Harry Potter, Adam, and the Speghetti Monster

Harry Potter, Adam, and the Speghetti Monster
"Sorry guys...you haven't seen a small metal ball with wings flapping around by chance, have you?""

Wednesday, July 25, 2012

Ode to Simplicity

There's something to be said for keeping it simple and quiet.

I find that the longer I practice, the more I am attracted to simple and subtle rituals or spells.

At the very beginning, when my practice was much more heavily influenced by Wicca than it is now, I made an effort to carry out rituals with full ceremonial flare: ritual bath, garb, any and every tool, circles, cone of power, cake and ale ceremony, etc. I was very excited by all of those features, enjoyed them and it no doubt helped me achieve a productive mental state.

However, it was just as certainly not without drawbacks. The first was time. Going through that entire process took around three hours, which I simply did not always have. Secondly, I was at some point uncomfortable thinking that I would be so dependent on a complex set of materials and tools because one never knows when they might not be available. This partially contributes to the third on the list of drawbacks--it seemed contradictory to me in many ways.

I mean, what better way to save the environment and shun the excessive materialism in my culture than to constantly buy all kind of expensive accoutrements?  What better way to get in touch with myself than to put on different clothes (or get a different name)? (By the way, this is only for me--I'm not criticizing anyone who finds that it works for them).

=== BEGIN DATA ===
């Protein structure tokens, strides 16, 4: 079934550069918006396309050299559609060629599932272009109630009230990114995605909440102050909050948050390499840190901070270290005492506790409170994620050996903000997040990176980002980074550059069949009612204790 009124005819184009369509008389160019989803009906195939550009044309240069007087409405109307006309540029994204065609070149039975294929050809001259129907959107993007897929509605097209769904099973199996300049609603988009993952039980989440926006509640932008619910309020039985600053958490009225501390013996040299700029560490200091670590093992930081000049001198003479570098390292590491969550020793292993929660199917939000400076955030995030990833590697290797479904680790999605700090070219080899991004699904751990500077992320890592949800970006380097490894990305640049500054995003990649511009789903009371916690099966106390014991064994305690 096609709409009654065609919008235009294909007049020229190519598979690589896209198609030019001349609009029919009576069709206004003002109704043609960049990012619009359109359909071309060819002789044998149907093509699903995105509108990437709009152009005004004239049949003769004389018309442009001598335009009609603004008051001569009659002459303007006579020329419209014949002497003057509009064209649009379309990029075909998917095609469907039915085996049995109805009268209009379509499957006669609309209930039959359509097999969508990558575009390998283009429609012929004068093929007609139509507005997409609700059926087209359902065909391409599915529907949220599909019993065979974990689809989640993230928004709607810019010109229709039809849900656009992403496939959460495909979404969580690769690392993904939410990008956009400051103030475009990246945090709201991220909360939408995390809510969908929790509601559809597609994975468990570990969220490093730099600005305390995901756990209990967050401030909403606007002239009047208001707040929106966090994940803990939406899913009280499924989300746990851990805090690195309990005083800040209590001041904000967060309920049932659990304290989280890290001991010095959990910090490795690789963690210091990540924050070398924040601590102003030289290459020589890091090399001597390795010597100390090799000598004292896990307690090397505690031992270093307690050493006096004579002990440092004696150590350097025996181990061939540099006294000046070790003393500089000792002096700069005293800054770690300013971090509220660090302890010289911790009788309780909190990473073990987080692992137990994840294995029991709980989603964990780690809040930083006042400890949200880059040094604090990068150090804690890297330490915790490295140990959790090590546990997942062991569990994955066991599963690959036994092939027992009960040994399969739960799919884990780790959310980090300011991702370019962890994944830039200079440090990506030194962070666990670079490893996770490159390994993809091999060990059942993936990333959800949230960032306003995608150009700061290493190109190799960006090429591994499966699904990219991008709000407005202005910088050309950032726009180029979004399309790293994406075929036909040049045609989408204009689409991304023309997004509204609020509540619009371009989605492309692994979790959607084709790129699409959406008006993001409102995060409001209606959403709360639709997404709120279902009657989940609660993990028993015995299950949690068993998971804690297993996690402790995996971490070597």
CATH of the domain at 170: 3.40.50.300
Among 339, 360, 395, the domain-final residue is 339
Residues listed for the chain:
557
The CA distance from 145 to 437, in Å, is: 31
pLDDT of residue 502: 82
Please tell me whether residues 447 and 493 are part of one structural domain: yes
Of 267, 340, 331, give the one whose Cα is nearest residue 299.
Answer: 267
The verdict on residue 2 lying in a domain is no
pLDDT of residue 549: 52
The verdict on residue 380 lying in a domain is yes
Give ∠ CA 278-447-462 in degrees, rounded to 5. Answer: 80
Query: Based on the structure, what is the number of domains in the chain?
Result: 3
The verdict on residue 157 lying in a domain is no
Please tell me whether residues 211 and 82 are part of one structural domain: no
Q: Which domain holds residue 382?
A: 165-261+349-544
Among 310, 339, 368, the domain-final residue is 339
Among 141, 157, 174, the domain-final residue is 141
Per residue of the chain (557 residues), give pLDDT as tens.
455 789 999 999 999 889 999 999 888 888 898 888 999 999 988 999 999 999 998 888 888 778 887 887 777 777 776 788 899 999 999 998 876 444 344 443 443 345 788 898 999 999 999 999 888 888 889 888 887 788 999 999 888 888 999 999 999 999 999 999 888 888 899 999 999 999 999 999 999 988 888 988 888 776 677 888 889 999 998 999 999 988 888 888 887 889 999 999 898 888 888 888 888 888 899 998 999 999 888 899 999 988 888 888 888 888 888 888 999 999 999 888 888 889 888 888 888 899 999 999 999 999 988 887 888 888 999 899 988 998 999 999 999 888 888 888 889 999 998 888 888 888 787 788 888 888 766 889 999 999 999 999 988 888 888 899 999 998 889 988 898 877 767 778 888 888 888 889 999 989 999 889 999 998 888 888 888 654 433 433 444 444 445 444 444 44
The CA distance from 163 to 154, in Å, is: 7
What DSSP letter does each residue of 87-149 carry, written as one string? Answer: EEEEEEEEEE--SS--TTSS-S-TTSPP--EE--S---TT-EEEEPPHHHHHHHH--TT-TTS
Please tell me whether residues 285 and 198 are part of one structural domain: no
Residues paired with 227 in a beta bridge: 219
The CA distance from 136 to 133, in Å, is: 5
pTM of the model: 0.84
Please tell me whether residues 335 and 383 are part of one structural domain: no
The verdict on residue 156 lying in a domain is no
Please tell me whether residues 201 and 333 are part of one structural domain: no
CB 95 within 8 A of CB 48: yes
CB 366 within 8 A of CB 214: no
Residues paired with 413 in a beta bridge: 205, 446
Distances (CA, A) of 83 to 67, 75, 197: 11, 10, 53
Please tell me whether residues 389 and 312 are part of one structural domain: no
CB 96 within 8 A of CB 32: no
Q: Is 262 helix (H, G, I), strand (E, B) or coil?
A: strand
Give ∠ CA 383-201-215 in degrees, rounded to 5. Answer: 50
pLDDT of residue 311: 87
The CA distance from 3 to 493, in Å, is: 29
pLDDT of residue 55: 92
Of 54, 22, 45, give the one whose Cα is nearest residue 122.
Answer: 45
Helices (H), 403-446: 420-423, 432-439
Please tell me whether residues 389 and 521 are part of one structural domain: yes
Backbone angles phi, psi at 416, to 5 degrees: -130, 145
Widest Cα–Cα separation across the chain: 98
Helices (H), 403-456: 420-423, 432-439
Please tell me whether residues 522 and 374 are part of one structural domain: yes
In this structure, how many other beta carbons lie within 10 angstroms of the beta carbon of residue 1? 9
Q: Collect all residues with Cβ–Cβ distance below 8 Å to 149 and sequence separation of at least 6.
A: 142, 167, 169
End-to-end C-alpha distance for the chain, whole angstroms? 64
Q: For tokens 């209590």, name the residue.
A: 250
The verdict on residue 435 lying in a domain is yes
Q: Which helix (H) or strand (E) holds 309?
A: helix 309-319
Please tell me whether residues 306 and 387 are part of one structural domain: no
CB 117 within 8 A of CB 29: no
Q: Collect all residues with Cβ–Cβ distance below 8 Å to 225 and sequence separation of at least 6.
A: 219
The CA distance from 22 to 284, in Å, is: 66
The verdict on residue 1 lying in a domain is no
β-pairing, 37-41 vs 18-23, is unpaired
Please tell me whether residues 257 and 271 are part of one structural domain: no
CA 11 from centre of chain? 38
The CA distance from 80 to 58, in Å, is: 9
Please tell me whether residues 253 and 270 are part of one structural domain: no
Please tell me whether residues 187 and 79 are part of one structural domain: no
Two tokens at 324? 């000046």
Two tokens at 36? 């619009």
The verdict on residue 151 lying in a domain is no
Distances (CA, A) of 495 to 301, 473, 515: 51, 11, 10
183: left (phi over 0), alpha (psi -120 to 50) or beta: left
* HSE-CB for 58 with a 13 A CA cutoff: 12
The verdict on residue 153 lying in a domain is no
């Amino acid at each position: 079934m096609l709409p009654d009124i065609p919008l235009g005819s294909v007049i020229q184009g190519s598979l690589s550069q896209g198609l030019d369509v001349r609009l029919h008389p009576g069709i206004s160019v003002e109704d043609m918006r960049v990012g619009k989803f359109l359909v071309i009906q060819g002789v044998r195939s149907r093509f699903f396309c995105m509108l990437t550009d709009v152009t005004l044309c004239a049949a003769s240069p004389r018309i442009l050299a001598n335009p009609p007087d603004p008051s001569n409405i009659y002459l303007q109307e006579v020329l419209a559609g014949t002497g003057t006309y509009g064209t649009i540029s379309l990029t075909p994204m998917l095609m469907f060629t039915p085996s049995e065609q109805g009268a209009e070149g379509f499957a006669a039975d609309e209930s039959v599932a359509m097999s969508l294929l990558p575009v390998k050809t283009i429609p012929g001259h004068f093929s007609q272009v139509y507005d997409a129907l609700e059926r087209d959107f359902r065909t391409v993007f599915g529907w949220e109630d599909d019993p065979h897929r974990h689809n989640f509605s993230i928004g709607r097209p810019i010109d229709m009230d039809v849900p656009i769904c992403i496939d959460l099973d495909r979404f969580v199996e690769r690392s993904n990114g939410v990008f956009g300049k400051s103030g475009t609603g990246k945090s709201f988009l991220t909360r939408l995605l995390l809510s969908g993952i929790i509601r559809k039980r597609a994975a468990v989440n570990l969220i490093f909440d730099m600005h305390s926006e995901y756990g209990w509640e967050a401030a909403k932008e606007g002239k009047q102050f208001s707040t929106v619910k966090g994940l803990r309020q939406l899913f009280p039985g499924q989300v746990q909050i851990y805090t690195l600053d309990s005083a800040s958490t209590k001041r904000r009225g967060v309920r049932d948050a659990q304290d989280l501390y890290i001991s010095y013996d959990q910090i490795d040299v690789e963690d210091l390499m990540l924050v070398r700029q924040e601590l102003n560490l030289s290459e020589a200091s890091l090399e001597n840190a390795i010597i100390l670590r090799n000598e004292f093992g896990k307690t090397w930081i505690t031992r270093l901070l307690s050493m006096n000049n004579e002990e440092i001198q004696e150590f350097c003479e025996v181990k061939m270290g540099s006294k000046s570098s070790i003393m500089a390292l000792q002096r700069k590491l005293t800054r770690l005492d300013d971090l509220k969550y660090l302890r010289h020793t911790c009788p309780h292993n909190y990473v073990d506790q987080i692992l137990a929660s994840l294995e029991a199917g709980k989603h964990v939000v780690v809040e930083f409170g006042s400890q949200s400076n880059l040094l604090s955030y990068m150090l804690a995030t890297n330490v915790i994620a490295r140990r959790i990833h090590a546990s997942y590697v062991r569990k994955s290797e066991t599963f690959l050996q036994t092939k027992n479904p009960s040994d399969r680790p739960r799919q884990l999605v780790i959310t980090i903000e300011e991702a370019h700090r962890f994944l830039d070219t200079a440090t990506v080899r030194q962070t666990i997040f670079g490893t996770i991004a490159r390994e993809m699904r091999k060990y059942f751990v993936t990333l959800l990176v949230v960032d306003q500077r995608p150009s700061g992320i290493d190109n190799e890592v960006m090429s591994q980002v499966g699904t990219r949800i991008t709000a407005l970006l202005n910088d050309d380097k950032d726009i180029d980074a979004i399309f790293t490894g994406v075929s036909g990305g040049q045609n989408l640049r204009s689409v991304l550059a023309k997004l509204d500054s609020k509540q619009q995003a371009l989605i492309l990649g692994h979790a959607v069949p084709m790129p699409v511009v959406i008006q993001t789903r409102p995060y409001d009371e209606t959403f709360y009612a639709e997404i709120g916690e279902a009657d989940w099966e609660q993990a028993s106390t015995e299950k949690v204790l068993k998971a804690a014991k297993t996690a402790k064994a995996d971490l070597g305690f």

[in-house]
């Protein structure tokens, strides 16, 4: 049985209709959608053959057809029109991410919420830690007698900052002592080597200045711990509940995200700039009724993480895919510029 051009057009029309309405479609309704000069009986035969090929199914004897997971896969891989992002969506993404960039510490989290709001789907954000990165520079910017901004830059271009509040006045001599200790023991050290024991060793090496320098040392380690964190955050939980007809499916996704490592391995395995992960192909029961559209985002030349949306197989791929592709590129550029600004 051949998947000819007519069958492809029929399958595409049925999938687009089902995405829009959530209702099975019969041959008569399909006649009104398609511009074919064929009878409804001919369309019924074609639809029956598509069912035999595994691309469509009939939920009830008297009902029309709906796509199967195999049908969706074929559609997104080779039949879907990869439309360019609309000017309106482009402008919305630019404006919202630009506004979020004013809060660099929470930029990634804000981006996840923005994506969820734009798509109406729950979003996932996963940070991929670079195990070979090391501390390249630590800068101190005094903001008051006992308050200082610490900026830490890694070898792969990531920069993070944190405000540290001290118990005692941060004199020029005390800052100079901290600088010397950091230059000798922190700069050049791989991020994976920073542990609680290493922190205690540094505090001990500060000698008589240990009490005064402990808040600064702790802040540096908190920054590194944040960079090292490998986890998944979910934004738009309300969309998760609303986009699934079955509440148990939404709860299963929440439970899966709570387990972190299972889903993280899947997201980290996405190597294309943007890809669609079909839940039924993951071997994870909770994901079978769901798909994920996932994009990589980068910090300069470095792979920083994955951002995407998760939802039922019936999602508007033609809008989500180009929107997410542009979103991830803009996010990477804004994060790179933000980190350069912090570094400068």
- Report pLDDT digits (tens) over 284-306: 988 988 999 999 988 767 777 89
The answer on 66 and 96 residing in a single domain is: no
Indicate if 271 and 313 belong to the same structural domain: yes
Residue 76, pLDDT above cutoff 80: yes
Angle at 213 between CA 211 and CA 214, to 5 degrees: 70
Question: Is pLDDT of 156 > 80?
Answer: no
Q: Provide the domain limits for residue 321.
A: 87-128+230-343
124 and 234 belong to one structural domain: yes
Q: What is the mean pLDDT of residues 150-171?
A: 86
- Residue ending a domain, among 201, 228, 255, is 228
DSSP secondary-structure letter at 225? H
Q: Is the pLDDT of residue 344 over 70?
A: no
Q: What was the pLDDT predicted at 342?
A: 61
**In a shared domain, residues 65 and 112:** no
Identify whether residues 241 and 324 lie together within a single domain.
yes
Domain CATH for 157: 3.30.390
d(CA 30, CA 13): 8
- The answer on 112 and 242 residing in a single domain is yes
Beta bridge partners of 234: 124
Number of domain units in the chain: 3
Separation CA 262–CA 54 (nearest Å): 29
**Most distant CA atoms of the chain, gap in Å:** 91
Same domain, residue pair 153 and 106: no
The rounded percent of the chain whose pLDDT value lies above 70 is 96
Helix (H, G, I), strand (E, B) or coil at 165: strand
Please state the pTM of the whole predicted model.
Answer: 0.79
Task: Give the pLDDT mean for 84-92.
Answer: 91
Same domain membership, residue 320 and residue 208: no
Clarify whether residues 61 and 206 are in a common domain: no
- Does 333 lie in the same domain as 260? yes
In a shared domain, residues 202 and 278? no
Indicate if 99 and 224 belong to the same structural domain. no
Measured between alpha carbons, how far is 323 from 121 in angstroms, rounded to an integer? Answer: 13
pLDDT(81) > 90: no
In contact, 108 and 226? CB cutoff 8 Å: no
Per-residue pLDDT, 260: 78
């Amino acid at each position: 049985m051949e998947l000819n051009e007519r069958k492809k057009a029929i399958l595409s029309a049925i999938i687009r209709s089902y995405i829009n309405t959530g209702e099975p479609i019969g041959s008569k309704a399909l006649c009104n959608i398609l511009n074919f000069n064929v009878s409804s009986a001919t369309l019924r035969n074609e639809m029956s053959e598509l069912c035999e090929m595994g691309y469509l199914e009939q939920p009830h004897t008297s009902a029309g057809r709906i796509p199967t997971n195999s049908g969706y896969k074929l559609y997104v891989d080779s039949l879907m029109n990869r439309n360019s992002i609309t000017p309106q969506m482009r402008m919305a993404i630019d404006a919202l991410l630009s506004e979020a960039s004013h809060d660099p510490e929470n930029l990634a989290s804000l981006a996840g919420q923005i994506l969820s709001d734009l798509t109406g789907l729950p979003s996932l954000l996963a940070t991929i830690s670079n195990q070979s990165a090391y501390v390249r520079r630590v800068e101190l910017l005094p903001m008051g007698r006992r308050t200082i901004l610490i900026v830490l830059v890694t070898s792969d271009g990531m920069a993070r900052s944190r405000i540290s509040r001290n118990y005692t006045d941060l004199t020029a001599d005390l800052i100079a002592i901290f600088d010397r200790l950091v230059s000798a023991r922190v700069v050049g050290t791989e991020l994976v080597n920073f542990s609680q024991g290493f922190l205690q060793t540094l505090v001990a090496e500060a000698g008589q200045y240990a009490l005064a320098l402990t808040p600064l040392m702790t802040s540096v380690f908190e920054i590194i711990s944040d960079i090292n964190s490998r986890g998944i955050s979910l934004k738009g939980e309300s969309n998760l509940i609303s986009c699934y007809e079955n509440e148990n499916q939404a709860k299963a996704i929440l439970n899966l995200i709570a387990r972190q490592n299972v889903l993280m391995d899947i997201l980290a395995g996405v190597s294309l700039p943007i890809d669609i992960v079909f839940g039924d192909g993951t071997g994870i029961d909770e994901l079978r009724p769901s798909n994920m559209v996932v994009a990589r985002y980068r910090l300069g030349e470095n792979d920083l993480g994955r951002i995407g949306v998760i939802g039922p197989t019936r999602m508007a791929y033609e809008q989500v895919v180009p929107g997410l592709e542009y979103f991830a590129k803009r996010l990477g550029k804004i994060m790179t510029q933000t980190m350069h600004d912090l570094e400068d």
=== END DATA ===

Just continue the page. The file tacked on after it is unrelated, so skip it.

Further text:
Don't get me wrong; I do have my supplies (i.e. herbs, candles) and I realize that this is often part of the practice.  It's even part of the practice that I enjoy a lot.  But there is also something to be said about making do with what you have.  I would even go so far as to say that this is one of the defining characteristics of witchcraft in comparison with other magical systems.

Many other systems, particularly of the ceremonial variety, depend on the correct performance of complex and elaborate rituals, often invoking all manner of higher spiritual beings.  Witchcraft, however, has always had as a primary (and sometimes exclusive) component the idea of dealing with everyday problems in simple ways---giving people common, local herbs for common every day illnesses, for example.  There is also the idea that is commonly known in NeoPagan communities  as "hiding secrets in plain sight".  As a natural introvert, I really like that idea.  You can do magic with the clothes you wear, what you have in your pockets, how you decorate your home...and no one has to be the wiser.   I'm even trying to streamline my altar. 

I could elaborate further, but the point was to keep it simple.

1 comment:

  1. Agreed...especially the part about "hiding secrets in plain sight." I too went through a phase when i was spending way too much time and money on witchcraft books and supplies. Now I am working to remove clutter from all aspects of my life. When it comes to my spiritual practice, it seems so much more natural to just be myself and to utilize/engage the elements in my own personal space.

    Thanks for sharing!